Polerskating

Hitec robotics including ROBONOVA humanoid, HSR-8498HB servos, MR C-3024 Controllers and RoboBasic
9 postsPage 1 of 1
9 postsPage 1 of 1

Polerskating

Post by beermat » Mon Aug 21, 2006 3:11 am

Post by beermat
Mon Aug 21, 2006 3:11 am

So, finally getting back to my rollerskating project. Having some success generating forward movement, but it's a little inelegant.

Anyway, in a break from coding, I decided to cheat a bit. Here's the video. Apologies for the quality, but I present the first EVER polerskating robot:

Robonova-1 polerskating

:D
So, finally getting back to my rollerskating project. Having some success generating forward movement, but it's a little inelegant.

Anyway, in a break from coding, I decided to cheat a bit. Here's the video. Apologies for the quality, but I present the first EVER polerskating robot:

Robonova-1 polerskating

:D
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Post by hivemind » Mon Aug 21, 2006 4:07 am

Post by hivemind
Mon Aug 21, 2006 4:07 am

Ha, great job. What are you using for poles there? they seem to be very thin with those nice grips on them, almost the size of chopsticks. What was your fortune?

So i was thinking of a way to solve the skating problem a while back. And something occurred to me as a way of cheating the additional DOF with some momentum. You have proven that given a push the RN can glide (and the pole push seems to work nicely here too, so not much force is required). Perhaps, you could lean the RN back, extend a leg, and have him snap back(highspeed) onto the reverse skate(like a quick forward step), so instead of a humanlike skate, its more of a chicken walk on ice. Essentially you could count on friction to hold you in place while you lean back, and then you set highspeed on to go forward, shift the weight, and by the time friction is overcome you have nothing but forward motion as the RN shifts to the alternate foot.

Perhaps a beggining way to try this is to start with the poles and basically walk using the poles until you find the right gait and it can generate enough force. Kind of like training wheels. But Poles.

Of course I could certainly be wrong(and am the first to admit that), but it may be something to try while you are waiting for additional independant DOF. But with those new grippers on there your center of gravity is raised quite a bit.

I'll try running some sims in the next couple of days as I have been getting my act together to get my RN model into a physics engine. But the reality is that you seem to be doing great here.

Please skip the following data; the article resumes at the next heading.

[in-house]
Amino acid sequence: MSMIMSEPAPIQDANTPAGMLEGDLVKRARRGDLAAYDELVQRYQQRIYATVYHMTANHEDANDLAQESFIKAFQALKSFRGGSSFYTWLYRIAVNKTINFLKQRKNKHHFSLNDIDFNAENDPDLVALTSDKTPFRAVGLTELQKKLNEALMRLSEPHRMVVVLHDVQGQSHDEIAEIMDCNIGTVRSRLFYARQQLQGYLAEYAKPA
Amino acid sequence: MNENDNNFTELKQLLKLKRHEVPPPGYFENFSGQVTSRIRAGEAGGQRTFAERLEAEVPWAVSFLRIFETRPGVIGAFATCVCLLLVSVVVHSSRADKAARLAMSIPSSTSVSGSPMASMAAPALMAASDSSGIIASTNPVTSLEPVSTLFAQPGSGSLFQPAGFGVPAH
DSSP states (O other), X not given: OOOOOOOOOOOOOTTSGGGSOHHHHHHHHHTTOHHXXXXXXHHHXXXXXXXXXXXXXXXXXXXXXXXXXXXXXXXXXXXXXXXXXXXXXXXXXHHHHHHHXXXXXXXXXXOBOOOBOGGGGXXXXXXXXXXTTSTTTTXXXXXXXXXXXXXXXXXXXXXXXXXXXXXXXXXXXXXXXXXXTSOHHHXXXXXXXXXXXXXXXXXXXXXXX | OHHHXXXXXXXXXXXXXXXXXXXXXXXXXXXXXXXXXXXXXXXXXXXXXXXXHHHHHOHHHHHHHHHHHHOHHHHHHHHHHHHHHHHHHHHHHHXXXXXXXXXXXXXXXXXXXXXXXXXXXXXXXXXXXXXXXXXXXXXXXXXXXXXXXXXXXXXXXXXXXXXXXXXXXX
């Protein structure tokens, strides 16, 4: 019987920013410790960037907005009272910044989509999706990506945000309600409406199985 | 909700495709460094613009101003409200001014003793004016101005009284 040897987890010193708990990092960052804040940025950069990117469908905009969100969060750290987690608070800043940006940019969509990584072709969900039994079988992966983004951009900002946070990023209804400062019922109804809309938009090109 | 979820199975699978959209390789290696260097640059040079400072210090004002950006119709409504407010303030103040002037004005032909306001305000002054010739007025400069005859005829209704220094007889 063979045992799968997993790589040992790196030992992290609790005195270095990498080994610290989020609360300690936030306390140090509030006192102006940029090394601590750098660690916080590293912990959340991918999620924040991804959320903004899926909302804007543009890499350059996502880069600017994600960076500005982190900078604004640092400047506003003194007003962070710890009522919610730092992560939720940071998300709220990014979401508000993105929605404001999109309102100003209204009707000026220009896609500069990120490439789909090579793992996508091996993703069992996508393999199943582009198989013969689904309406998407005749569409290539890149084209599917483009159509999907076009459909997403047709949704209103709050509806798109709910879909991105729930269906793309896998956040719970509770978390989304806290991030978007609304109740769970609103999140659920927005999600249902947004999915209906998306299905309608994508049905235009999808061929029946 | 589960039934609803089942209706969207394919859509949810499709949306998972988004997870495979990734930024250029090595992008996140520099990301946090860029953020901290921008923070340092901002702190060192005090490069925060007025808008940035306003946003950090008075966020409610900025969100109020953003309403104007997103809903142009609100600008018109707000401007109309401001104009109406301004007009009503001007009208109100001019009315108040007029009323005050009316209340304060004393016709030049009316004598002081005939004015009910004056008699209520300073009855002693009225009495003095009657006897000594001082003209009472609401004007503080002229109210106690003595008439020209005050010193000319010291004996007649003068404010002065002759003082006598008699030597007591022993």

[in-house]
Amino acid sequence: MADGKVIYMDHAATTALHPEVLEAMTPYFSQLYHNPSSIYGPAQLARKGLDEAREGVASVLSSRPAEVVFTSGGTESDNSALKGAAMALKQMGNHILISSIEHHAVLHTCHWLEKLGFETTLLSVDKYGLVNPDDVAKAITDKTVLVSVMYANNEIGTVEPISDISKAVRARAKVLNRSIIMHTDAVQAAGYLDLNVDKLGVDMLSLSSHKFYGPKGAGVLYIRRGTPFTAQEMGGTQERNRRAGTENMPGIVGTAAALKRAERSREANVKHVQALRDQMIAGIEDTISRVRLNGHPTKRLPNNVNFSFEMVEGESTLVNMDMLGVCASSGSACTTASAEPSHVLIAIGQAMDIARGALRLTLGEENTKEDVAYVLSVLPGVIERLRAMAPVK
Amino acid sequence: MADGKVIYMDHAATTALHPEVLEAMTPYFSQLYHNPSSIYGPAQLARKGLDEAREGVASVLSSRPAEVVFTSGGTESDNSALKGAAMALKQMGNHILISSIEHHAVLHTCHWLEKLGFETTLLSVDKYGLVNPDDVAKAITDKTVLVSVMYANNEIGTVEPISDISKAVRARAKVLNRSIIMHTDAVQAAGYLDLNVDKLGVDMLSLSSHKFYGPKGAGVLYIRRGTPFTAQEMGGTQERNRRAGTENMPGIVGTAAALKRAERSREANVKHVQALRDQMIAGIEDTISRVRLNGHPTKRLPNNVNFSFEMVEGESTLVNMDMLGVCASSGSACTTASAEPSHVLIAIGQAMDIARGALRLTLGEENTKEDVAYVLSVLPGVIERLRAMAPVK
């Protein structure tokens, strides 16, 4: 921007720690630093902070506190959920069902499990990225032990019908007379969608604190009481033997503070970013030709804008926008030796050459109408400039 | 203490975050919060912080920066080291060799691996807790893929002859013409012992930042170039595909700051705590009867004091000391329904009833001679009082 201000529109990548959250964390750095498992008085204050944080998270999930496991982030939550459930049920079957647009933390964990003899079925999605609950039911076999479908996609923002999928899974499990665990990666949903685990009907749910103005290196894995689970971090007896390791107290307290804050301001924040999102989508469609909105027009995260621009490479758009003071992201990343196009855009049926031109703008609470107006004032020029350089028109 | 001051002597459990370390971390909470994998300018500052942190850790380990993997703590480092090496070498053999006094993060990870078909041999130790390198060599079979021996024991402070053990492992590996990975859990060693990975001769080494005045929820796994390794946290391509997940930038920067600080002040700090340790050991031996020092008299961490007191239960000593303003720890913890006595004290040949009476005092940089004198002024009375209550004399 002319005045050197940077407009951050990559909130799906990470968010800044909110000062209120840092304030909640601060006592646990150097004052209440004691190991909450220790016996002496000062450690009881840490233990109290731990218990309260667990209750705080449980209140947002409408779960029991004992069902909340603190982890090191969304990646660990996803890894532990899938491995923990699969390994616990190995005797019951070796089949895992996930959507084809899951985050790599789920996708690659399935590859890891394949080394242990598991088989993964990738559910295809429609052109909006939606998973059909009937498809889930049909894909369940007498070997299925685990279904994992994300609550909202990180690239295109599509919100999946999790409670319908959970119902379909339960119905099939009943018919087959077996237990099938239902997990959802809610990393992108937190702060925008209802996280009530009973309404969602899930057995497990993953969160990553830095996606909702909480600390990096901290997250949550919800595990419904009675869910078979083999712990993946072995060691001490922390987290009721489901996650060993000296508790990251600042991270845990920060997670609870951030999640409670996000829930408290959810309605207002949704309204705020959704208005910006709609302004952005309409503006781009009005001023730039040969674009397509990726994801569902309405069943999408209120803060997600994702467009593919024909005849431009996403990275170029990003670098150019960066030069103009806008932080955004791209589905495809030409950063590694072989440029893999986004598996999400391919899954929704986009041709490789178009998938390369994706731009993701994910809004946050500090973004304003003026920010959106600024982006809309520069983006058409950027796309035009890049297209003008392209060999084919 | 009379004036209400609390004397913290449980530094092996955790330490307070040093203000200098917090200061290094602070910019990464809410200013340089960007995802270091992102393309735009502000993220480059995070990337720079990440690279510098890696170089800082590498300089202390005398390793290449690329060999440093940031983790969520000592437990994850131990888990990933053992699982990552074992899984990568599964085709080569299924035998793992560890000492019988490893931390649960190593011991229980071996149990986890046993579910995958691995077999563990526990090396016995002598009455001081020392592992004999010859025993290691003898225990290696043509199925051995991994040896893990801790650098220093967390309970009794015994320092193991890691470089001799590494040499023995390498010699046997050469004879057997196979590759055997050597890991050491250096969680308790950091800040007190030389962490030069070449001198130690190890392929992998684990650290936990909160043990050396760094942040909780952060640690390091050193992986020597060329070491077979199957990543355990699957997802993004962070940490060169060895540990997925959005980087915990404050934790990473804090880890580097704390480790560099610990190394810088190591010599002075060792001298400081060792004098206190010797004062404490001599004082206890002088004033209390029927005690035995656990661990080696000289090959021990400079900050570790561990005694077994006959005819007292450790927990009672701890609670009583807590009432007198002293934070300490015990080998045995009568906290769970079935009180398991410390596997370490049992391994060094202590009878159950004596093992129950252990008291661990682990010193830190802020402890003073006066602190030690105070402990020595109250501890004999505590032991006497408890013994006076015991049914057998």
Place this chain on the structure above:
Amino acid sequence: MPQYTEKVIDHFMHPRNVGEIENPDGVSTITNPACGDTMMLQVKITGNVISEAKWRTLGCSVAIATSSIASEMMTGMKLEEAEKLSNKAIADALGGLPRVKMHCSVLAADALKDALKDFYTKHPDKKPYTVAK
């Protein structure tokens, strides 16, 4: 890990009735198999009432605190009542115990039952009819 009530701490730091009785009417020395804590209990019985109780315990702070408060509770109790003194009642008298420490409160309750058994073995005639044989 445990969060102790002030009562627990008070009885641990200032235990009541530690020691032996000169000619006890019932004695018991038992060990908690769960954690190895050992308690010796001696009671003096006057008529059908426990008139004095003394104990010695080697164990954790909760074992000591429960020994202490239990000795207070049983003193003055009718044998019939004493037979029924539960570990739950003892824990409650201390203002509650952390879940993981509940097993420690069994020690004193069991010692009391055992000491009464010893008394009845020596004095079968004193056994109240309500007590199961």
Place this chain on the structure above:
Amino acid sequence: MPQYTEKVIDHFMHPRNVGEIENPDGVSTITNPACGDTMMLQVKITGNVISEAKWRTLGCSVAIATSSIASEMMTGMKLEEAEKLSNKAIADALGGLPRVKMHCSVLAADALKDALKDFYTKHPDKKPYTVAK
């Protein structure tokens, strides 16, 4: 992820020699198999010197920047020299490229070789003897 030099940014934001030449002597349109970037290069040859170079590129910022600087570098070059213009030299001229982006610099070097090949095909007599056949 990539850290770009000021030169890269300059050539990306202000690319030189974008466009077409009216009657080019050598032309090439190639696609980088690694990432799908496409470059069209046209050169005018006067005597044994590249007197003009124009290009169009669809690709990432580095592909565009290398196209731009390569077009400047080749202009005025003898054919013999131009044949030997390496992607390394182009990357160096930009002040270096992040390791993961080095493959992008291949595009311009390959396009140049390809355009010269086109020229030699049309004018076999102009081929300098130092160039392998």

Nice work, and btw, have you tried using one of those objects as a turning mechanism? A couple of weeks ago i had a plastic sword and my front/back and side to side gyros on and was holding a sword (thanks to matts grippers). The arm was out perfectly straight forward (like a human elbow locked). I rotated only the shoulder servo back so the tip of the sword went 180 degrees to facing down, and it bowed a little on my hard mat. When i brought it back it was stuck, and so instead of snapping the sword or hurting the servo i was able to get a perfect 90 degree turn. Consistantly. Your poles reminded me very much of this.

I look forward to your progress, keep up the good work. :)
Ha, great job. What are you using for poles there? they seem to be very thin with those nice grips on them, almost the size of chopsticks. What was your fortune?

So i was thinking of a way to solve the skating problem a while back. And something occurred to me as a way of cheating the additional DOF with some momentum. You have proven that given a push the RN can glide (and the pole push seems to work nicely here too, so not much force is required). Perhaps, you could lean the RN back, extend a leg, and have him snap back(highspeed) onto the reverse skate(like a quick forward step), so instead of a humanlike skate, its more of a chicken walk on ice. Essentially you could count on friction to hold you in place while you lean back, and then you set highspeed on to go forward, shift the weight, and by the time friction is overcome you have nothing but forward motion as the RN shifts to the alternate foot.

Perhaps a beggining way to try this is to start with the poles and basically walk using the poles until you find the right gait and it can generate enough force. Kind of like training wheels. But Poles.

Of course I could certainly be wrong(and am the first to admit that), but it may be something to try while you are waiting for additional independant DOF. But with those new grippers on there your center of gravity is raised quite a bit.

I'll try running some sims in the next couple of days as I have been getting my act together to get my RN model into a physics engine. But the reality is that you seem to be doing great here.

Nice work, and btw, have you tried using one of those objects as a turning mechanism? A couple of weeks ago i had a plastic sword and my front/back and side to side gyros on and was holding a sword (thanks to matts grippers). The arm was out perfectly straight forward (like a human elbow locked). I rotated only the shoulder servo back so the tip of the sword went 180 degrees to facing down, and it bowed a little on my hard mat. When i brought it back it was stuck, and so instead of snapping the sword or hurting the servo i was able to get a perfect 90 degree turn. Consistantly. Your poles reminded me very much of this.